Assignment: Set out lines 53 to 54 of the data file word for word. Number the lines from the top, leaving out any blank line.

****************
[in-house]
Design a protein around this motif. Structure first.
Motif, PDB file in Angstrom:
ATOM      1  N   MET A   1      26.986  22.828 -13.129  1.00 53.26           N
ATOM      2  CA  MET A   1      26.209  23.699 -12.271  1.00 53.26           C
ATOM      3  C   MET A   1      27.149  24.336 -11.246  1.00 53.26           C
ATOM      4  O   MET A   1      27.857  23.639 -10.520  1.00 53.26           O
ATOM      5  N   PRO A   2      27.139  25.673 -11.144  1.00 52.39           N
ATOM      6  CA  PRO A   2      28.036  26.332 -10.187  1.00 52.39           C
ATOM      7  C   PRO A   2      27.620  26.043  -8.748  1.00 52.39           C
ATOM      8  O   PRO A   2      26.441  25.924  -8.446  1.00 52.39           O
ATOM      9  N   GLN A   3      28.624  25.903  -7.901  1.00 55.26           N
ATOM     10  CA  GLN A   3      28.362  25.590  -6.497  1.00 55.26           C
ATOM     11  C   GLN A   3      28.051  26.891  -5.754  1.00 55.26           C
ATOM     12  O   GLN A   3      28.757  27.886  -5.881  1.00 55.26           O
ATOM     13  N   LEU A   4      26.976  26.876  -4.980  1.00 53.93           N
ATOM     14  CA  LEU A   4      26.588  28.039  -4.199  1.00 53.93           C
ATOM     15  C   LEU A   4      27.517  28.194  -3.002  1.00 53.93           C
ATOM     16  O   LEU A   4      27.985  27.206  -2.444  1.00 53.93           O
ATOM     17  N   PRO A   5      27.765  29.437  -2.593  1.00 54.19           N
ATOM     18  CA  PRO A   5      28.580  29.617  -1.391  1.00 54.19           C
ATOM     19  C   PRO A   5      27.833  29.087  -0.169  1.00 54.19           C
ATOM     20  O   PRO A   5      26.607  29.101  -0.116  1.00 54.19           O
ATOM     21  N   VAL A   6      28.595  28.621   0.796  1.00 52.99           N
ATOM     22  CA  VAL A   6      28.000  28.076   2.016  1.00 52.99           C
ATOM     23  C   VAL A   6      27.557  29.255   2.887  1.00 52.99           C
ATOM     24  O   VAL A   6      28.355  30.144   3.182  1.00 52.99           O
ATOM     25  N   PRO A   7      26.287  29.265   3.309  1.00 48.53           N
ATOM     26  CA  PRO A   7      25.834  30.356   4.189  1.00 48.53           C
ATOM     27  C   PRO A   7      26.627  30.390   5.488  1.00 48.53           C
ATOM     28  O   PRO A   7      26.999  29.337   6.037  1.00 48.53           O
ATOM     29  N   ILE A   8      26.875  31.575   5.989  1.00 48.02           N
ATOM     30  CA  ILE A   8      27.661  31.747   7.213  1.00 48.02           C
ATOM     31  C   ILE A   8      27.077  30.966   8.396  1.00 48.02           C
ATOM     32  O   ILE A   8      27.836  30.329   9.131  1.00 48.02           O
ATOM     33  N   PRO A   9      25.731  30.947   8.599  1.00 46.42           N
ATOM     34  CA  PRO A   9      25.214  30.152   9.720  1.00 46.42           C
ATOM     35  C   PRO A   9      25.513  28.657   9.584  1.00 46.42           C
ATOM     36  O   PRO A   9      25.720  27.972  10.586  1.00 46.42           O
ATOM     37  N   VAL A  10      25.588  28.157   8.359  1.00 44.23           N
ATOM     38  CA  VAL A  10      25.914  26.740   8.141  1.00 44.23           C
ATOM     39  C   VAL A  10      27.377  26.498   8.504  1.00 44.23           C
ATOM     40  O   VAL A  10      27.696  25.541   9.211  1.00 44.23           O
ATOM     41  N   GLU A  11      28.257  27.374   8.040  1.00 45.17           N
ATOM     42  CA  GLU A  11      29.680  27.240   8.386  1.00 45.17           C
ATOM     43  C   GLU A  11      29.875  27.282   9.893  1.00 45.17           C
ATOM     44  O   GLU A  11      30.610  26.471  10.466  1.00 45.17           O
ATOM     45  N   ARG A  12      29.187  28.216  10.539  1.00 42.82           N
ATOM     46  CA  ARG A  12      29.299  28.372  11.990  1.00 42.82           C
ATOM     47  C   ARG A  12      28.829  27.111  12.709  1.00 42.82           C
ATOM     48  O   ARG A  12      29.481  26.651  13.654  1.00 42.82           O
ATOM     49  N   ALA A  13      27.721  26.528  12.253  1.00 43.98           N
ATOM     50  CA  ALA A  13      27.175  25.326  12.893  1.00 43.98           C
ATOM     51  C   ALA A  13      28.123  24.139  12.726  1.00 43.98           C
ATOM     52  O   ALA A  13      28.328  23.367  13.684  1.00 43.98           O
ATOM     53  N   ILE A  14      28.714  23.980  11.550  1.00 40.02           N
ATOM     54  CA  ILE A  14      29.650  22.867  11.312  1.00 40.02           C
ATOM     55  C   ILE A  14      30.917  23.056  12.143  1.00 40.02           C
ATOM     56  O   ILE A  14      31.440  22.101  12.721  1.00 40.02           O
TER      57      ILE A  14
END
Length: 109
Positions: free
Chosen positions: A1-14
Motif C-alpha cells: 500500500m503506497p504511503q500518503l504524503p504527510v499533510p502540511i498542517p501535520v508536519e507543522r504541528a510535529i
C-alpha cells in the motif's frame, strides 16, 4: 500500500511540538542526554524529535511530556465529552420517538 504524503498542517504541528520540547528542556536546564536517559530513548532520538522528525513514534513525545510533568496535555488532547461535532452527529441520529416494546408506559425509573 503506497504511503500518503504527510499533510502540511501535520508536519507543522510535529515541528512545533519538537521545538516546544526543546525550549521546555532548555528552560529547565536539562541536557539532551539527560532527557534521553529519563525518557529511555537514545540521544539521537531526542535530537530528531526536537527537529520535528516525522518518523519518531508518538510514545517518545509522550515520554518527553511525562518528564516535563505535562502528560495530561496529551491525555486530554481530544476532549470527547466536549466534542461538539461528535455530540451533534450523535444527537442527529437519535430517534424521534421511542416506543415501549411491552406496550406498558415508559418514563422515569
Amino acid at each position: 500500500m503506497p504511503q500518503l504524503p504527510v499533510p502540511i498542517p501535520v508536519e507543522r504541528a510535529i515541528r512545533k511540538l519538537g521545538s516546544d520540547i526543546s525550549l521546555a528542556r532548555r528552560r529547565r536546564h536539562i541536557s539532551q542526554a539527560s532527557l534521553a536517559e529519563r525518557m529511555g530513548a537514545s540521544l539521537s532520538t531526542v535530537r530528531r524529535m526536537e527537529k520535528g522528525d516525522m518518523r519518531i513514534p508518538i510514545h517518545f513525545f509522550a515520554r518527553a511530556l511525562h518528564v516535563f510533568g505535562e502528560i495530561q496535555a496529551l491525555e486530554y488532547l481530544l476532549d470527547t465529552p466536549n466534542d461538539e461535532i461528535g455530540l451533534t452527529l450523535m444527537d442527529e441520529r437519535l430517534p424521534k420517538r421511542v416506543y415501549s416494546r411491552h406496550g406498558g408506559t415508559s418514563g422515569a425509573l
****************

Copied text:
ATOM     50  CA  ALA A  13      27.175  25.326  12.893  1.00 43.98           C
ATOM     51  C   ALA A  13      28.123  24.139  12.726  1.00 43.98           C